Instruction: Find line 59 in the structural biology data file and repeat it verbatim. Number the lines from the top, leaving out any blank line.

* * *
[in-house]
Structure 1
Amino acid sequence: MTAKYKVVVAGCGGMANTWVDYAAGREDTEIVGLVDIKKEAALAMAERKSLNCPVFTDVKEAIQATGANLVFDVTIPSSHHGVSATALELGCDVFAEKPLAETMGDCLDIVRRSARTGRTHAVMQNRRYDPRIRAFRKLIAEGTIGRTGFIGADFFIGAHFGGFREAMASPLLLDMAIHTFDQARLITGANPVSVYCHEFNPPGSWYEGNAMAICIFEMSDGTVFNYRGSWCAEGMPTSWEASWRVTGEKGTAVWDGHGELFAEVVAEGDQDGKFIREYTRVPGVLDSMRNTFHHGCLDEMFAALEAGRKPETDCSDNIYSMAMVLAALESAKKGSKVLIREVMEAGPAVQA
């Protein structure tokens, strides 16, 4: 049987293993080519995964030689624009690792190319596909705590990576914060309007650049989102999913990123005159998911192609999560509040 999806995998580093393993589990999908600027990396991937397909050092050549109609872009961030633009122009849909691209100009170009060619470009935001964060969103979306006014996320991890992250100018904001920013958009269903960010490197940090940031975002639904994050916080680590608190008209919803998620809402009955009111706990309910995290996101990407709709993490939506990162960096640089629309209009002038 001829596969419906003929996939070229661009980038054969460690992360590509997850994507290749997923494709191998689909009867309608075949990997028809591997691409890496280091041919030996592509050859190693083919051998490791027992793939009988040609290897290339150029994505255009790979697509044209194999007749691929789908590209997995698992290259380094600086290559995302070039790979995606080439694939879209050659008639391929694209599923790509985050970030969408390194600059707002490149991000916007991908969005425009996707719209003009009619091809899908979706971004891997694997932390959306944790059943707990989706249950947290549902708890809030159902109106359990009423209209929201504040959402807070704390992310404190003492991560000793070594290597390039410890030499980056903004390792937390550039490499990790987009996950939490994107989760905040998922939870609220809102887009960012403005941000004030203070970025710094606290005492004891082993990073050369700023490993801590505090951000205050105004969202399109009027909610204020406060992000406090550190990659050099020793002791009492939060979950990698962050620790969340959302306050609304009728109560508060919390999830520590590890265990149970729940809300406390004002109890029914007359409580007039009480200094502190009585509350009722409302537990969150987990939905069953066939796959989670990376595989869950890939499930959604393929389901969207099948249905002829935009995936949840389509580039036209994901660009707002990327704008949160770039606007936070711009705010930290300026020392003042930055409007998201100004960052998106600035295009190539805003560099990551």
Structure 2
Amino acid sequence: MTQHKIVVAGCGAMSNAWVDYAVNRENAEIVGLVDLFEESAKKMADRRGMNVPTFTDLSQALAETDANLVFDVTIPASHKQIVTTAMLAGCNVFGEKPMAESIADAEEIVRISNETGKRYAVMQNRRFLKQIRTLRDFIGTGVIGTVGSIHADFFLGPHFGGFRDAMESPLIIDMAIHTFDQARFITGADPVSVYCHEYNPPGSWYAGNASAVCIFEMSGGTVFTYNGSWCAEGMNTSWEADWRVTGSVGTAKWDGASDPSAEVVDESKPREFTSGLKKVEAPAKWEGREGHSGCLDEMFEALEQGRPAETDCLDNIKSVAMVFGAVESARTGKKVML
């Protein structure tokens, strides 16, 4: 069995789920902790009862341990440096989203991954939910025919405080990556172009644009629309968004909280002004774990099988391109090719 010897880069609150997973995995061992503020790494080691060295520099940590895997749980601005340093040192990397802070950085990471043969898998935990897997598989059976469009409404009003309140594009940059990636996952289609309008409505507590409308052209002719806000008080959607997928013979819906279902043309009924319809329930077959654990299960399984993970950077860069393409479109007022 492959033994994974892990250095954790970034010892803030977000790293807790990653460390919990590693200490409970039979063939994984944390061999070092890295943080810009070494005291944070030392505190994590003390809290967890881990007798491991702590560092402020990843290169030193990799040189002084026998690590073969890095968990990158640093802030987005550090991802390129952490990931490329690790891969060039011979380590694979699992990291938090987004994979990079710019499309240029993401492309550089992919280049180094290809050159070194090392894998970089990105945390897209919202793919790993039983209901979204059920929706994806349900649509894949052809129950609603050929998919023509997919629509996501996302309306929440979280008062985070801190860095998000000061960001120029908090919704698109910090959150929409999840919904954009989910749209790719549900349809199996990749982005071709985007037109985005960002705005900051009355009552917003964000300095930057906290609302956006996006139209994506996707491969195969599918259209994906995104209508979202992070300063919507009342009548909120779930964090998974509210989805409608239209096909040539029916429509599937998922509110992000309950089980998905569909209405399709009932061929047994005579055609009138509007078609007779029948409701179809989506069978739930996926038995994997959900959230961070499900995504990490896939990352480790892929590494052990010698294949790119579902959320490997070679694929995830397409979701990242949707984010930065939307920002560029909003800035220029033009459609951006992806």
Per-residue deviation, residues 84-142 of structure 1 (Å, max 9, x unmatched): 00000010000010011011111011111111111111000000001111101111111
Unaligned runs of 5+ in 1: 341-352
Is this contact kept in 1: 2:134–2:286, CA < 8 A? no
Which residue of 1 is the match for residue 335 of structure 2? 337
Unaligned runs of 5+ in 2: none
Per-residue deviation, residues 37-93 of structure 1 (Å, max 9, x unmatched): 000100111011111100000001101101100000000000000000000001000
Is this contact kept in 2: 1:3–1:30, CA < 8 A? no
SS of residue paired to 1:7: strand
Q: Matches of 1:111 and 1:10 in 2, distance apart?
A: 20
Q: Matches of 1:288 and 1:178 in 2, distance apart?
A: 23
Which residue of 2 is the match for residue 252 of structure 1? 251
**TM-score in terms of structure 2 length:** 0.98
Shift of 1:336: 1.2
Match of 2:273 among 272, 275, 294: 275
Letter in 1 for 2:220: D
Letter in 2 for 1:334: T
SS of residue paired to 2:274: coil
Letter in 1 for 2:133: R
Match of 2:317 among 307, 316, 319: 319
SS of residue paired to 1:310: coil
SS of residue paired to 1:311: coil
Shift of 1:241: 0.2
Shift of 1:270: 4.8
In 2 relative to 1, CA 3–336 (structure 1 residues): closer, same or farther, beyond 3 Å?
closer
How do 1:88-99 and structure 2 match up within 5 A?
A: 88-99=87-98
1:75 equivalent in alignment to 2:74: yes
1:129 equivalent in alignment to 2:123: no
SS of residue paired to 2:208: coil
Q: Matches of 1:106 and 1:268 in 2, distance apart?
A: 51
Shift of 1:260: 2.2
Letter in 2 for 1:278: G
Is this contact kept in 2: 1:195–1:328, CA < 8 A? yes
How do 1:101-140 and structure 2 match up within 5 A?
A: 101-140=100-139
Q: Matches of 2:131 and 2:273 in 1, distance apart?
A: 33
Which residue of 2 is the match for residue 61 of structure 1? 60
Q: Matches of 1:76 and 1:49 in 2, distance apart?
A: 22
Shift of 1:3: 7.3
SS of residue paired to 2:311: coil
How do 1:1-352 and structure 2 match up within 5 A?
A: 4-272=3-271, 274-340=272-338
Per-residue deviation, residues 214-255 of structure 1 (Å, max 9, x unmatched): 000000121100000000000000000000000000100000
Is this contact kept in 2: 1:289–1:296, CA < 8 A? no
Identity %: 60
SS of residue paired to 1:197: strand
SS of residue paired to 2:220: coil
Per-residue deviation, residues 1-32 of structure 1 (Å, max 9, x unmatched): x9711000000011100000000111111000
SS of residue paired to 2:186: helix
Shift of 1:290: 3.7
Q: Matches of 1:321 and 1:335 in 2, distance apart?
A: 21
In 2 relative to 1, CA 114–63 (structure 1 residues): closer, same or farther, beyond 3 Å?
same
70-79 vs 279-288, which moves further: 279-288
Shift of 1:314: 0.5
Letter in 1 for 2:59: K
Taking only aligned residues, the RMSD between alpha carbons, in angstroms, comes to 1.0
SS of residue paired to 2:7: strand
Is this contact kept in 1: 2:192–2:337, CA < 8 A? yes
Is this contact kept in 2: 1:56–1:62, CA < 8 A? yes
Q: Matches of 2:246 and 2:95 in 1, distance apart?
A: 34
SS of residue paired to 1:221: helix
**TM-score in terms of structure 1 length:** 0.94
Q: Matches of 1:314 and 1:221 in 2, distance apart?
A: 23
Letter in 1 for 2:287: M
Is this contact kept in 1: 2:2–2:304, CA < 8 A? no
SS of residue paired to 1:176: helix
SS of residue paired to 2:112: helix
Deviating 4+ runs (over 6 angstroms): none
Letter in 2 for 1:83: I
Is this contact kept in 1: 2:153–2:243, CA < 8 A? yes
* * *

SS of residue paired to 1:197: strand